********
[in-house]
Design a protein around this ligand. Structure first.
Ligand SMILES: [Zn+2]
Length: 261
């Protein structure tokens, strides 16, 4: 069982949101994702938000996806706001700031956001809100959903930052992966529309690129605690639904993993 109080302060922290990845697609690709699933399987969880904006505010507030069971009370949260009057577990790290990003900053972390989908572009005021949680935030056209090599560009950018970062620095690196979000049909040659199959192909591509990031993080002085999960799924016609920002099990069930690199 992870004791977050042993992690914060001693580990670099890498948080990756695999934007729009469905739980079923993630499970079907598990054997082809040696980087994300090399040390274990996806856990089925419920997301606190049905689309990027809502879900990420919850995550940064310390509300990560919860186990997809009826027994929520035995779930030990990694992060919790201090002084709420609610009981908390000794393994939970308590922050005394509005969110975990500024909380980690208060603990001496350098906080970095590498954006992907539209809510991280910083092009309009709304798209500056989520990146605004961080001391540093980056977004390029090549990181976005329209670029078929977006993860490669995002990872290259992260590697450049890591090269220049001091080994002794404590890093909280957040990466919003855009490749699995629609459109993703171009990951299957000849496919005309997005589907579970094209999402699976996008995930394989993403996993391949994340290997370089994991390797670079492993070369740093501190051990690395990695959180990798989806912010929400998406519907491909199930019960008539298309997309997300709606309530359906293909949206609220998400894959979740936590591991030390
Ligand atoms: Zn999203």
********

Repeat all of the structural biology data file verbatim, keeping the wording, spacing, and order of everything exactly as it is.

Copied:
[in-house]
Design a protein around this ligand. Structure first.
Ligand SMILES: [Zn+2]
Length: 261
């Protein structure tokens, strides 16, 4: 069982949101994702938000996806706001700031956001809100959903930052992966529309690129605690639904993993 109080302060922290990845697609690709699933399987969880904006505010507030069971009370949260009057577990790290990003900053972390989908572009005021949680935030056209090599560009950018970062620095690196979000049909040659199959192909591509990031993080002085999960799924016609920002099990069930690199 992870004791977050042993992690914060001693580990670099890498948080990756695999934007729009469905739980079923993630499970079907598990054997082809040696980087994300090399040390274990996806856990089925419920997301606190049905689309990027809502879900990420919850995550940064310390509300990560919860186990997809009826027994929520035995779930030990990694992060919790201090002084709420609610009981908390000794393994939970308590922050005394509005969110975990500024909380980690208060603990001496350098906080970095590498954006992907539209809510991280910083092009309009709304798209500056989520990146605004961080001391540093980056977004390029090549990181976005329209670029078929977006993860490669995002990872290259992260590697450049890591090269220049001091080994002794404590890093909280957040990466919003855009490749699995629609459109993703171009990951299957000849496919005309997005589907579970094209999402699976996008995930394989993403996993391949994340290997370089994991390797670079492993070369740093501190051990690395990695959180990798989806912010929400998406519907491909199930019960008539298309997309997300709606309530359906293909949206609220998400894959979740936590591991030390
Ligand atoms: Zn999203």